Leading science, pioneering therapies
CRM Publications

Analysis of reptilian APOBEC1 suggests that RNA editing may not be its ancestral function.

TitleAnalysis of reptilian APOBEC1 suggests that RNA editing may not be its ancestral function.
Publication TypeJournal Article
Year of Publication2011
AuthorsSeveri F, Chicca A, Conticello SG
JournalMol Biol Evol
Volume28
Issue3
Pagination1125-9
Date Published2011 Mar
ISSN1537-1719
KeywordsAmino Acid Sequence, Animals, Apolipoproteins B, Biological Evolution, Cytidine Deaminase, Deamination, DNA, DNA, Bacterial, Escherichia coli, Gene Expression Regulation, Genetic Variation, Humans, Molecular Sequence Data, Mutation, Phylogeny, Protein Isoforms, Reptiles, RNA Editing, RNA, Messenger, Sequence Homology, Amino Acid
Abstract

The Activation Induced Deaminase (AID)/APOBEC family of deaminases targeting nucleic acids arose at the beginning of the vertebrate radiation and further expanded in mammals. Following an analysis of the available genomic data, we report the identification of the APOBEC5, a novel group of paralogues in tetrapods. Moreover, we find bona fide homologues of Apolipoprotein B Editing Complex 1 (APOBEC1) in the genomes of anole lizard and zebra finch, thus implying its appearance prior to the divergence of the amniotes. apolipoprotein B editing complex 1 (APOBEC1), in contrast with other AID/APOBECs acting on DNA, is an RNA-editing enzyme that targets the transcript of Apolipoprotein B (ApoB), thereby causing the translation of a truncated form of the protein. 3'RACE experiments reveal a lizard APOBEC1-like molecule lacking a C-terminal region important for mammalian ApoB RNA editing. This observation pairs with the finding that lizard ApoB is not deaminated at the region corresponding to the mammalian site of editing. Similar to mammalian APOBEC1, the lizard protein is able to deaminate DNA in bacteria and shows a conserved mutational context. Although not precluding the possibility that lizard APOBEC1 acts on unknown mRNA targets, these findings suggest that its ability to target DNA predates its role in RNA editing.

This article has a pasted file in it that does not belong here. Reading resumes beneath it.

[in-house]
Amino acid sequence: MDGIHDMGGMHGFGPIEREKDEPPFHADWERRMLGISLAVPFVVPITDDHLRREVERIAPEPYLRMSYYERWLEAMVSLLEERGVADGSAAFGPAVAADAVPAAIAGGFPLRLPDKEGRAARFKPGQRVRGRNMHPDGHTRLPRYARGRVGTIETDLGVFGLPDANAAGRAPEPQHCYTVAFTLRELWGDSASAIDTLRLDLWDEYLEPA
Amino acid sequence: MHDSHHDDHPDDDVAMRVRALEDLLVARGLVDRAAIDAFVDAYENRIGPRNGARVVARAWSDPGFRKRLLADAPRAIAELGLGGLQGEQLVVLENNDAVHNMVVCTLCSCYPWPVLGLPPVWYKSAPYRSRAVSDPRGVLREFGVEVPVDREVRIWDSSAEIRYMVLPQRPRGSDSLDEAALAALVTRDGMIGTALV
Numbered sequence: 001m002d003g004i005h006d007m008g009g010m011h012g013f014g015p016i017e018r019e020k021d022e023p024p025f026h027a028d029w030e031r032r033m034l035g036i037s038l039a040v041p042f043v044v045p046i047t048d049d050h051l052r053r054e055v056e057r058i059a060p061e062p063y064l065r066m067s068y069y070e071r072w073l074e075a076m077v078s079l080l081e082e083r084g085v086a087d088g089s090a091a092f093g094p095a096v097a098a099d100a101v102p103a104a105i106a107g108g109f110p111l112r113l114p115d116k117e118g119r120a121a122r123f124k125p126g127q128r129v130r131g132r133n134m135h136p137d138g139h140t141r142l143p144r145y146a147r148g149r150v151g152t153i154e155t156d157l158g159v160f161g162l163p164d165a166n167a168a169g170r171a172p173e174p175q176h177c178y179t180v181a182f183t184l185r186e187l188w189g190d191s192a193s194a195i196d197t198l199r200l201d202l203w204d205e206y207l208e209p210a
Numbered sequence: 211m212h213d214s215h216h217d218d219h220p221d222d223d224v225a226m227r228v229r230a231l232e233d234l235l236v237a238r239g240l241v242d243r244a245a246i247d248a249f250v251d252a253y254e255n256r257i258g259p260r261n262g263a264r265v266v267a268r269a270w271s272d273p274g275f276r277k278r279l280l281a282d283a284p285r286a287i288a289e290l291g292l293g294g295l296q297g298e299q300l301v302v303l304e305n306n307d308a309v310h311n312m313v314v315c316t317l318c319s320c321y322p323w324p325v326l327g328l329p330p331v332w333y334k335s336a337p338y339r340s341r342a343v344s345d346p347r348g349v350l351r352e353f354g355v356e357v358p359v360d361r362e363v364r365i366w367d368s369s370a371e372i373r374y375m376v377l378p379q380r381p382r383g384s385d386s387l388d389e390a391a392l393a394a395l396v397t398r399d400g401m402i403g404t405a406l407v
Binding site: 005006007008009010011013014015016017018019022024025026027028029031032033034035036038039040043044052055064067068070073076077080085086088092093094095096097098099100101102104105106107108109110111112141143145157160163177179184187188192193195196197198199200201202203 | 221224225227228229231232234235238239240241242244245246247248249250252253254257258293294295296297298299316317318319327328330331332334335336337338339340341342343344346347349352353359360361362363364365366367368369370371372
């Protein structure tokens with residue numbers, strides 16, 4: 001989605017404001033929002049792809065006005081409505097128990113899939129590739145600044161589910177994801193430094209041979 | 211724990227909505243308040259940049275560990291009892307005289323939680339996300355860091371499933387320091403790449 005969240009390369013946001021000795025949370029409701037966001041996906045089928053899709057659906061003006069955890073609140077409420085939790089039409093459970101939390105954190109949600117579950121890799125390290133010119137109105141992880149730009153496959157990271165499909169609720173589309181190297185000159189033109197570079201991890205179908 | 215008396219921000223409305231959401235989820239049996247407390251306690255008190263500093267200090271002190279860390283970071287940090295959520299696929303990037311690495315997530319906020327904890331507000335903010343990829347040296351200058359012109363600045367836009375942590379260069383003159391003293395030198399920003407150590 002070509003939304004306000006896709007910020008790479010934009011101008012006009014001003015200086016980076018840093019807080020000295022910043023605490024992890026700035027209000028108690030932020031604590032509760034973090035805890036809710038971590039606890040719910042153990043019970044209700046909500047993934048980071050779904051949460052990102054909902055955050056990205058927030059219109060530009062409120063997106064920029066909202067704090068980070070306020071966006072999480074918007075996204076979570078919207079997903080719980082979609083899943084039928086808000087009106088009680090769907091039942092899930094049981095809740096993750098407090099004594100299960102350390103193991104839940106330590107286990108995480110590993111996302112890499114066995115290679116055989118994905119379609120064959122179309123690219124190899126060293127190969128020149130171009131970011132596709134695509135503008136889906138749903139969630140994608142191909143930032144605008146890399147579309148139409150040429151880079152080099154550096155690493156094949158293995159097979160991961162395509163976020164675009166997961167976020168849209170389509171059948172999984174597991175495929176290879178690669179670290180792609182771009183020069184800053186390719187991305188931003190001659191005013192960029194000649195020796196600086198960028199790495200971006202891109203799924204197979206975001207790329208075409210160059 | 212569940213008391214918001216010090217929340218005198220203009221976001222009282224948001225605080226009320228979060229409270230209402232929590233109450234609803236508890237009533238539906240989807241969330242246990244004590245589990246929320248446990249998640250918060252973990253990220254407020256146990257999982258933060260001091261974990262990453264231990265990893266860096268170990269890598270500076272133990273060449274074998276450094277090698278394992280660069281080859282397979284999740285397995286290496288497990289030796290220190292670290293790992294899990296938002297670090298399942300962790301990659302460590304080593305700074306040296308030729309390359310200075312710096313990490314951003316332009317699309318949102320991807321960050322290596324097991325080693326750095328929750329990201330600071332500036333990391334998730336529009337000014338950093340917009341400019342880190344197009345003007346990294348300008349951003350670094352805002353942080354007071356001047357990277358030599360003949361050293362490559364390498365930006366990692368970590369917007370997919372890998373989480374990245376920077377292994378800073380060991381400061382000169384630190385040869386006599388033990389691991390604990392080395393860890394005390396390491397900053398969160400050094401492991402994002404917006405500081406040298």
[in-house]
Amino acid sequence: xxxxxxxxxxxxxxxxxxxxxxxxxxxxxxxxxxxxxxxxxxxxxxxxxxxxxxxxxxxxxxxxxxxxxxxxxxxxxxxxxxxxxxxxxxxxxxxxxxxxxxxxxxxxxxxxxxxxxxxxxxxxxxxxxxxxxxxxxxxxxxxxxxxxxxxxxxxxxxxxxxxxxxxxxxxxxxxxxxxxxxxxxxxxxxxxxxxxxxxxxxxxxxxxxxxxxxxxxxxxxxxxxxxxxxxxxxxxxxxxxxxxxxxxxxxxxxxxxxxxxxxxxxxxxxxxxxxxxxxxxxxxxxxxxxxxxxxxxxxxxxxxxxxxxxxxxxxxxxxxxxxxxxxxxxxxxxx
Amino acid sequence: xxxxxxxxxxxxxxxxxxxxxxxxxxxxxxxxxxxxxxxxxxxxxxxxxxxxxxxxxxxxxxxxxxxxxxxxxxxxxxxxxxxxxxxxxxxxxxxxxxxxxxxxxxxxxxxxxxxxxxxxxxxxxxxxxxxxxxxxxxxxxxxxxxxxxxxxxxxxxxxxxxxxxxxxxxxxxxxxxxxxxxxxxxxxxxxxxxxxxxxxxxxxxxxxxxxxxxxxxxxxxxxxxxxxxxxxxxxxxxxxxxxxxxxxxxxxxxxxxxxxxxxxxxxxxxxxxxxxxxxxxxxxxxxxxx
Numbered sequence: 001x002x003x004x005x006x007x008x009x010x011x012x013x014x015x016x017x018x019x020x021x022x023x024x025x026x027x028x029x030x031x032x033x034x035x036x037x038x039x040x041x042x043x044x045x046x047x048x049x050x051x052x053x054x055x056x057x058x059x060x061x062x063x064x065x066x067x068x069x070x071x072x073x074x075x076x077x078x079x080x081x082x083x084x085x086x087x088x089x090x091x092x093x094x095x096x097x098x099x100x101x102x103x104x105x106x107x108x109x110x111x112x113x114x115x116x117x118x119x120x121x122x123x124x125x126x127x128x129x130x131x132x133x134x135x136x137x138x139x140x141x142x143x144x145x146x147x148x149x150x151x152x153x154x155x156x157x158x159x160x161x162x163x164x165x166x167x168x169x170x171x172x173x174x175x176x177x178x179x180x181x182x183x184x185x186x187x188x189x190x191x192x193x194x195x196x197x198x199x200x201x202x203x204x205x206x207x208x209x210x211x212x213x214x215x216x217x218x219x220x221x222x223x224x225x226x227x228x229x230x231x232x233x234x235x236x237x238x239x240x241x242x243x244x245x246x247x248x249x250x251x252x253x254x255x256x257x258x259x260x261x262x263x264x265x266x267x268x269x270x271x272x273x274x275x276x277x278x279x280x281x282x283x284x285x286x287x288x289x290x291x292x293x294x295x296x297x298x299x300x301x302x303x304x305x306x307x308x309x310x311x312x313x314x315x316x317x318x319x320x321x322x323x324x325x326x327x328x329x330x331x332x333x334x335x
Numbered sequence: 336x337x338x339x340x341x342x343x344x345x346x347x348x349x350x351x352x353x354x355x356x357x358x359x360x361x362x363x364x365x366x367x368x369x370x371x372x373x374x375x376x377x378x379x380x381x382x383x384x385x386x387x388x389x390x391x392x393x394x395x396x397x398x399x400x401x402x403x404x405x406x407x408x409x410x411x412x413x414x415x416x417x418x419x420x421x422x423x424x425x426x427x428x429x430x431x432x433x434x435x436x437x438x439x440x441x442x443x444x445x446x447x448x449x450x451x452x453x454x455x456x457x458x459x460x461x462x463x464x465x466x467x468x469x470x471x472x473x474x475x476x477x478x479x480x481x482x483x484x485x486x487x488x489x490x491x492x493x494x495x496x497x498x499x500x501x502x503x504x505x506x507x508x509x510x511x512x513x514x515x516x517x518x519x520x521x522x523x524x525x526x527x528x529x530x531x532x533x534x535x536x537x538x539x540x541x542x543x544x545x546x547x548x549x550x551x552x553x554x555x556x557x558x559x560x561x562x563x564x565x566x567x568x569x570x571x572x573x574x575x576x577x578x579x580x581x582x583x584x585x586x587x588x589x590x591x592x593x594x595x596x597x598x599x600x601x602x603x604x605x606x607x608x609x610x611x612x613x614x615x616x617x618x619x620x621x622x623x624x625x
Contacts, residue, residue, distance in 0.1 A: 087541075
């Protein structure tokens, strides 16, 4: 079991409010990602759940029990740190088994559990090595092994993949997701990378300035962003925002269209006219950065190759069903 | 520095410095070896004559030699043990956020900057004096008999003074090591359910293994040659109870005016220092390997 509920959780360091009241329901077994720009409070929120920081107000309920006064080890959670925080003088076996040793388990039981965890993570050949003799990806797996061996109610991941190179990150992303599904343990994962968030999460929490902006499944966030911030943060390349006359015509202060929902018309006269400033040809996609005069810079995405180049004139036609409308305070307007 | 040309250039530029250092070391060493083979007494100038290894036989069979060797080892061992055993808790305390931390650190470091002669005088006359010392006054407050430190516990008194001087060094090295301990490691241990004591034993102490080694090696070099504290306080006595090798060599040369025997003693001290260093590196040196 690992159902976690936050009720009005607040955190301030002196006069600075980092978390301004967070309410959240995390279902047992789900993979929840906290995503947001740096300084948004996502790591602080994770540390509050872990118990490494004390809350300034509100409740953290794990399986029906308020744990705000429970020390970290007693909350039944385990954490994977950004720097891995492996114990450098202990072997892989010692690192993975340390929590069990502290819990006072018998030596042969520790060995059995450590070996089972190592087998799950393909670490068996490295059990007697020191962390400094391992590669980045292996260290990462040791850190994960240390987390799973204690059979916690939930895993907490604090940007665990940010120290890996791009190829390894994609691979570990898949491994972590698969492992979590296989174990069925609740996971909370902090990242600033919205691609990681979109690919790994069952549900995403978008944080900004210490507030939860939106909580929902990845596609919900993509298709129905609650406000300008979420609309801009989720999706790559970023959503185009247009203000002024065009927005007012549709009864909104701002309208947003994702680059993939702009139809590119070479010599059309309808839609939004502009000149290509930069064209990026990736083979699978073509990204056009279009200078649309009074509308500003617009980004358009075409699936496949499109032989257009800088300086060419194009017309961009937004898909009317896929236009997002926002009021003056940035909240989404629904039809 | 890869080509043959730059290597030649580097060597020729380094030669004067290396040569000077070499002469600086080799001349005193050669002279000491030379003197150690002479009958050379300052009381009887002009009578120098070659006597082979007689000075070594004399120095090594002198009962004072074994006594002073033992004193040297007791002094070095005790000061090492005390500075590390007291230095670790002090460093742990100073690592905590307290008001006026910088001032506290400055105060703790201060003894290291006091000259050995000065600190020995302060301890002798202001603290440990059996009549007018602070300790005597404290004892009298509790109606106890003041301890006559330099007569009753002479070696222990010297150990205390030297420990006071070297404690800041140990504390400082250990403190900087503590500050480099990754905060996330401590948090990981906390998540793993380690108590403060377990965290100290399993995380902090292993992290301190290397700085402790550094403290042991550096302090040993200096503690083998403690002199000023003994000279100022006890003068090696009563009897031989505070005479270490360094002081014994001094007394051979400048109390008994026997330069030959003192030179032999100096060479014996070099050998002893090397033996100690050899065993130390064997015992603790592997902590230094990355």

DOI10.1093/molbev/msq338
Alternate JournalMol. Biol. Evol.
PubMed ID21172829
Publication institute
Other